The On-Demand Stack gets even more interesting every week. The latest installment, courtesy of Amazon, involves little WiFi-connected dongles with buttons for Amazon customers to summon — with the ease of a finger push — more of the item which corresponds with each dongle. Running low on toilet paper? Just tap the Charmin button provided by Amazon (while your phone is nearby) and Amazon will take care of the rest.
Amazon and Google are competitive along the fault lines of search and intent. Both live on input/output. This creative innovation around input from Amazon makes it theoretically easier to order more toilet paper vs pulling out your phone, finding the Amazon app, then inputting the search term, putting the item in your cart, and you may continue shopping, maybe — and then you have to check out. That said, setting up these dongles won’t be a piece of cake for the average user, either. I’m of the belief that even setting up basic bluetooth devices to the phone will be hard for people, but I believe Amazon will make it easier. And, they can distribute anything.
So, if this works, this is a huge leap forward for input — what about output, i.e. how soon you need the toilet paper? That’s where things have been harder for Amazon.
Back in 2013, I wrote a post titled, “From Amazon Prime To Amazon Pronto, The Future Of Physical Delivery.” Amazon figured out how to get us anything in that 48 hour window. Now, for the past few years, with the combination of mobile devices and a shift in the labor economy, new companies have emerged with new models to add gusto to the “pronto.” Some services are set up to deliver you things on demand, such as Uber and Postmates and Sprig — some things are set up to deliver things in a more scheduled manner, like Instacart, DoorDash, Boxed, and Luxe. Amazon has been trying to chip away at better delivery on the same day — they’ve dabbled in groceries for years, they just announced home assembly for big orders, and they clearly want to deliver more things faster to our homes and offices.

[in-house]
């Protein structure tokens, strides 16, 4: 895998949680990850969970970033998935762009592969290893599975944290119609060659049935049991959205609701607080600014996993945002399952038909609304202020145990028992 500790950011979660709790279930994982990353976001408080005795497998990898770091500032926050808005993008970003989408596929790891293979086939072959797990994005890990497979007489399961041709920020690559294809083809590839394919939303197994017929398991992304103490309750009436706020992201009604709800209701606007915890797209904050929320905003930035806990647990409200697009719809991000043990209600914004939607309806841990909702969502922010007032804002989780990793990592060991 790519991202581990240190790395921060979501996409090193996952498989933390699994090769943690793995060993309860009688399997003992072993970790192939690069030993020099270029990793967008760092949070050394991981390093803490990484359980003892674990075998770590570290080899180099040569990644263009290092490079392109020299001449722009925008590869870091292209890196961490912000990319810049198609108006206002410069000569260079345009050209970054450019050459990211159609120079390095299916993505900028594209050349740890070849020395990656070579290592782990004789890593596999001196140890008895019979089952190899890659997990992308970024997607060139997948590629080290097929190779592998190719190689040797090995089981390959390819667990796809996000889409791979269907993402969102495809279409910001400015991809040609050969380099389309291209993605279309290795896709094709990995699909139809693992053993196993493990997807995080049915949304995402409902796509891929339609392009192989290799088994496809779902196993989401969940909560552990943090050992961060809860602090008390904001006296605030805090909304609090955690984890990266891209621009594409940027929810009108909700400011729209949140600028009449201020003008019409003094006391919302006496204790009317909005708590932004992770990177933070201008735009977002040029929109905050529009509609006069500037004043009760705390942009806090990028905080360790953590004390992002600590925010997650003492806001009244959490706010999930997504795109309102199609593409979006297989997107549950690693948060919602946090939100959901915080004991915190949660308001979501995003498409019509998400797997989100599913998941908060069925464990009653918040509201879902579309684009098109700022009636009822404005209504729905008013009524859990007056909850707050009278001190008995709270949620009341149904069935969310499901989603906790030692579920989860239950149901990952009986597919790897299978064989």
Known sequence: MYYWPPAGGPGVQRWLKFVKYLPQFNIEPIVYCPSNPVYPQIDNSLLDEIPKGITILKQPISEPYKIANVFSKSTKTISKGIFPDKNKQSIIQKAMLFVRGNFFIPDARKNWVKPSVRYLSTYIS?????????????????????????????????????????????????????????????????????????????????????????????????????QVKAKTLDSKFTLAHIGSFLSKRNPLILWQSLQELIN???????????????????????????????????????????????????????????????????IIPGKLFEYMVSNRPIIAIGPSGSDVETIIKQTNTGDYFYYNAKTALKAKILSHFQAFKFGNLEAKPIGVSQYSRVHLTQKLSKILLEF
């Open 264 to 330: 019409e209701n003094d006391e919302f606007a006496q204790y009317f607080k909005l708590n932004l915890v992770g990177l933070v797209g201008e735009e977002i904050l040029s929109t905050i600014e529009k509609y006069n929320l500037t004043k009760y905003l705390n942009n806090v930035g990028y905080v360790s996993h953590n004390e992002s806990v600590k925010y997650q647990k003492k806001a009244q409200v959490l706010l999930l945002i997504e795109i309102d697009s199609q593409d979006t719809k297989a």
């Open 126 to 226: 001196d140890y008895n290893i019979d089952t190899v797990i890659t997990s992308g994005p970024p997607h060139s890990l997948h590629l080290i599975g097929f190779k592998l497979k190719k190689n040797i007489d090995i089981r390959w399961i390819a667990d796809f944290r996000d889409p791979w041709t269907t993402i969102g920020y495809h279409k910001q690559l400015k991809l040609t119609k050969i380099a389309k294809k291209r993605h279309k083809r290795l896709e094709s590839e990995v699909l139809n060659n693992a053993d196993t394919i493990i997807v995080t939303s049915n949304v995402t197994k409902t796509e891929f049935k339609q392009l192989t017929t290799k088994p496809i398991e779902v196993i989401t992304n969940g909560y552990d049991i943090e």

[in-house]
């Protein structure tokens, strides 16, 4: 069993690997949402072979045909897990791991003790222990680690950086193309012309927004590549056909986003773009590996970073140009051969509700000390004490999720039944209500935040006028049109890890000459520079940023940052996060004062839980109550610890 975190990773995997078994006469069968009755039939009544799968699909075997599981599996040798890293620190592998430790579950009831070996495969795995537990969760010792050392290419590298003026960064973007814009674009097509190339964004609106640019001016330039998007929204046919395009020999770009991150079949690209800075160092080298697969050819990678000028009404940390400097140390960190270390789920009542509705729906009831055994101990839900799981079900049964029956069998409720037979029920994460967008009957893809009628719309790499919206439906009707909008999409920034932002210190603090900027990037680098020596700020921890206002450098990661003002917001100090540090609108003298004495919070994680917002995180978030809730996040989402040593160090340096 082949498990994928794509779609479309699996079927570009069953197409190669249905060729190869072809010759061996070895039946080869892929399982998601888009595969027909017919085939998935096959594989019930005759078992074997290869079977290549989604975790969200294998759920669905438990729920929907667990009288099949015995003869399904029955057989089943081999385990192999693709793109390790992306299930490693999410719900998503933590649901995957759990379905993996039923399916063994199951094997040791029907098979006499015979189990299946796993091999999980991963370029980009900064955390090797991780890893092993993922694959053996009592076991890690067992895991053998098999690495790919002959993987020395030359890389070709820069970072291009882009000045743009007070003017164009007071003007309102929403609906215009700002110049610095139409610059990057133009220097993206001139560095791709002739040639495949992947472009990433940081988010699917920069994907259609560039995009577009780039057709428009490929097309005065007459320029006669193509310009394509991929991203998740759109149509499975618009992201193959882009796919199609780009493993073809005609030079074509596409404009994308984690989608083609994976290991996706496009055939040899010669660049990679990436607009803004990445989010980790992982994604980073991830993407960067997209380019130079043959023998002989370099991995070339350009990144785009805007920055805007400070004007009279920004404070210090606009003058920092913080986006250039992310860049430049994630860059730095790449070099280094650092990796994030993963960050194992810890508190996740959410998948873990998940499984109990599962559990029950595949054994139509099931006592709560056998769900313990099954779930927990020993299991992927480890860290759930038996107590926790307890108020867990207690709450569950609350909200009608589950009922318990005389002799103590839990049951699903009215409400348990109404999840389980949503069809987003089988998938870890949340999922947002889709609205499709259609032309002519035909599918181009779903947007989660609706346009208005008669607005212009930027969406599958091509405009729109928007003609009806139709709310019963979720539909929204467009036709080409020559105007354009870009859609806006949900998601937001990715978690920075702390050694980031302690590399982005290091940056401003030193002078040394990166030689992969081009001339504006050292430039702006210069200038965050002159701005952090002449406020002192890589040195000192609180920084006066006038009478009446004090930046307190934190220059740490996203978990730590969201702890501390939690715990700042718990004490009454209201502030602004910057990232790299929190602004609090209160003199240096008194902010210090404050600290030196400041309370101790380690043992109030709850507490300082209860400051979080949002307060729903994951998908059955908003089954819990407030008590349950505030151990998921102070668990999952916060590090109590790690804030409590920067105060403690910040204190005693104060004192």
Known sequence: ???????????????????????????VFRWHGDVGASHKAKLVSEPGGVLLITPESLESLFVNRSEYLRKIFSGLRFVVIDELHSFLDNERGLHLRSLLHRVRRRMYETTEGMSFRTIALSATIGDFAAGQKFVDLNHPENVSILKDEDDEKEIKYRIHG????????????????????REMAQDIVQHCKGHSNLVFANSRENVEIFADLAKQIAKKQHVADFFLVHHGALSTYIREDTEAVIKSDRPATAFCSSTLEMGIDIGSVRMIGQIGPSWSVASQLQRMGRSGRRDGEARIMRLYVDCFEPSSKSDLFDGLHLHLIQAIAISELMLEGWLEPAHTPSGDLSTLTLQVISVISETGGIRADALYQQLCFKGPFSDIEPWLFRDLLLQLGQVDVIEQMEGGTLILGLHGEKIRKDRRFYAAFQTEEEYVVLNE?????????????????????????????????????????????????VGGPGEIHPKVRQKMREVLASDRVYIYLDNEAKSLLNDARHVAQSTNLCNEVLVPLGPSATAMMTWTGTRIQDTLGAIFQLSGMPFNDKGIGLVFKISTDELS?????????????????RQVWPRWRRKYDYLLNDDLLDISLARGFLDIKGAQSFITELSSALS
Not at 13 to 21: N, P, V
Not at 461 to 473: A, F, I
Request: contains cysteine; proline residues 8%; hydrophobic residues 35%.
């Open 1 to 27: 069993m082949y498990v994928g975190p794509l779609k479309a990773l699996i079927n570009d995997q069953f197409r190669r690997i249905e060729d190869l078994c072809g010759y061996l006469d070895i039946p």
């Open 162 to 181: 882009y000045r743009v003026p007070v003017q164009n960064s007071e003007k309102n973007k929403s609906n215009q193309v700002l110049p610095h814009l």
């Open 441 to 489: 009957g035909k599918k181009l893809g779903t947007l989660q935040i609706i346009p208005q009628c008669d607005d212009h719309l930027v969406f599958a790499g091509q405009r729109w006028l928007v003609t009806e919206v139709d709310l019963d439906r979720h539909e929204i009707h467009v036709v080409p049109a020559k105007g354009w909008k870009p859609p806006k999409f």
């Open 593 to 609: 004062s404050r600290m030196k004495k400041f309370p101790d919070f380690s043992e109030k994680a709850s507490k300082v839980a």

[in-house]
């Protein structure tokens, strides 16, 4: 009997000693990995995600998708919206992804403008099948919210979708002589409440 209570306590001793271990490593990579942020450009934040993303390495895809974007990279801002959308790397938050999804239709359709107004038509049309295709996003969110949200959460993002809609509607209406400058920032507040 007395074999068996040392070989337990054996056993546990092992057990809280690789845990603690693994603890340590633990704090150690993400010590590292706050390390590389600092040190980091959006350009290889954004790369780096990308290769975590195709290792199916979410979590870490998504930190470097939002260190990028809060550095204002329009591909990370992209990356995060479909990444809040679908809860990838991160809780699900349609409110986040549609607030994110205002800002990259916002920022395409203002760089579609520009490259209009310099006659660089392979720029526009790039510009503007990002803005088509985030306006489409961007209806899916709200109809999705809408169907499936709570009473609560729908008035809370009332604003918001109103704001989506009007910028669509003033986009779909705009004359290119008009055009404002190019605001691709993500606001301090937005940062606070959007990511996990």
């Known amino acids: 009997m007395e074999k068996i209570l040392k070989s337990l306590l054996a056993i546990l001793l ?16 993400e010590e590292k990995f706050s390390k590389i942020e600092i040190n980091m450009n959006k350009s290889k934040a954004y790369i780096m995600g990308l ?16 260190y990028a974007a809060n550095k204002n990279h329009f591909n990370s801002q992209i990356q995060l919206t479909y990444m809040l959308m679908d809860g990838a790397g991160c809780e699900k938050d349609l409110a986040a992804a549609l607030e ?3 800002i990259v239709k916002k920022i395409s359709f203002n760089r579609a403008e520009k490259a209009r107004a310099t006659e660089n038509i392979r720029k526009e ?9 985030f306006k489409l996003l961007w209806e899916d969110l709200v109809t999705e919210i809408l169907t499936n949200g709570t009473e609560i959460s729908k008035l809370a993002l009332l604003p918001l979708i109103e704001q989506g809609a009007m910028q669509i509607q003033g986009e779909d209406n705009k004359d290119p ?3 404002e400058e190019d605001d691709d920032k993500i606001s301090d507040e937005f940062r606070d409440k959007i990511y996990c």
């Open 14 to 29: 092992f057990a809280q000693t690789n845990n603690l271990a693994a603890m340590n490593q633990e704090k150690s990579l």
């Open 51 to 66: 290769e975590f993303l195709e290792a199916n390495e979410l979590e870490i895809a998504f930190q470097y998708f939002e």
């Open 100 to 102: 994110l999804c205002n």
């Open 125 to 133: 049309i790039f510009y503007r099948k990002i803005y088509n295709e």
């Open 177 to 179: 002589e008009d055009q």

The output function here is trickier for Amazon to execute on within this 48 hour window. Additionally, my observation of how confusing Prime Pantry is for the average user (as many of those household items are costly to ship, so they devised a confusing tax around them) could make Dash a hit because people may not order things at the point of depletion, but rather when the supply is about to be depleted.
Ultimately, the craftiness with this move around Dash Button is something I’d frankly expect from a startup — in this case, it’s Amazon, the somewhat lumbering incumbent, fresh off the heals of that Fire Phone debacle and stock massacre. It is a terrific concept, assuming consumers can wire them up and they work. Let’s see how consumers behave as these rollout. App installs for these nonviral apps is hard and costly, and Amazon can just shove these into corresponding boxes or send them to us based on our order histories.
The other angle is that Dash Button is likely built to be a broader platform, extending from the regular household inventory systems into specific verticals — think basic stores, or small businesses, or to order dinner, or groceries. It all comes down to SKUs. Every button — like every app — can empower the customer to access a SKU from a variety of sources, and Amazon (or a startup eventually) can help get it to the destination fast. End of the day, I’m impressed. Assuming Dash Button is spread to customers properly and they can onboard, it could be 1,000x easier to order versus a mobile app, no question. So if you’re scoring at home: Output is still a knife fight between Amazon, Google, Uber, and a bunch of startups; but on Input, Amazon’s ingenuity scores very, very high, reminding me of the classic Staples ad campaign with the “Easy” button (pictured above).